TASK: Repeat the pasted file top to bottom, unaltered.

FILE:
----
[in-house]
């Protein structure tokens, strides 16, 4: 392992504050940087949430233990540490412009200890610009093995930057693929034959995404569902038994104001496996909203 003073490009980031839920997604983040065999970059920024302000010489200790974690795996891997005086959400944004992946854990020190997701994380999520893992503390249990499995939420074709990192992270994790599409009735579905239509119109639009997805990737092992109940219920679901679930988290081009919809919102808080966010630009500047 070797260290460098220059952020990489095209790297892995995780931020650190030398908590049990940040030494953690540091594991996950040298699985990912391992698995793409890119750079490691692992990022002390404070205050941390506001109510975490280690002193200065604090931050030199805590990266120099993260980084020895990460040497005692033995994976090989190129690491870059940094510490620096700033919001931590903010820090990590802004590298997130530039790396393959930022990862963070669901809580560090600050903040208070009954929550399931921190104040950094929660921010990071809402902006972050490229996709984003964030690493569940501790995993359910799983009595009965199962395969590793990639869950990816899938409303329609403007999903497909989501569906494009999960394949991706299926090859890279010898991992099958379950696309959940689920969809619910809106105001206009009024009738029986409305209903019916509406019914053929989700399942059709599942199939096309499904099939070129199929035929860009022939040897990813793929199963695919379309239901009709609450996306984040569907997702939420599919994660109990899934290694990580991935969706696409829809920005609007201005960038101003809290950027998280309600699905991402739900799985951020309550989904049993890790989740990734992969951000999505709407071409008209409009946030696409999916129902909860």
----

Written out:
[in-house]
């Protein structure tokens, strides 16, 4: 392992504050940087949430233990540490412009200890610009093995930057693929034959995404569902038994104001496996909203 003073490009980031839920997604983040065999970059920024302000010489200790974690795996891997005086959400944004992946854990020190997701994380999520893992503390249990499995939420074709990192992270994790599409009735579905239509119109639009997805990737092992109940219920679901679930988290081009919809919102808080966010630009500047 070797260290460098220059952020990489095209790297892995995780931020650190030398908590049990940040030494953690540091594991996950040298699985990912391992698995793409890119750079490691692992990022002390404070205050941390506001109510975490280690002193200065604090931050030199805590990266120099993260980084020895990460040497005692033995994976090989190129690491870059940094510490620096700033919001931590903010820090990590802004590298997130530039790396393959930022990862963070669901809580560090600050903040208070009954929550399931921190104040950094929660921010990071809402902006972050490229996709984003964030690493569940501790995993359910799983009595009965199962395969590793990639869950990816899938409303329609403007999903497909989501569906494009999960394949991706299926090859890279010898991992099958379950696309959940689920969809619910809106105001206009009024009738029986409305209903019916509406019914053929989700399942059709599942199939096309499904099939070129199929035929860009022939040897990813793929199963695919379309239901009709609450996306984040569907997702939420599919994660109990899934290694990580991935969706696409829809920005609007201005960038101003809290950027998280309600699905991402739900799985951020309550989904049993890790989740990734992969951000999505709407071409008209409009946030696409999916129902909860």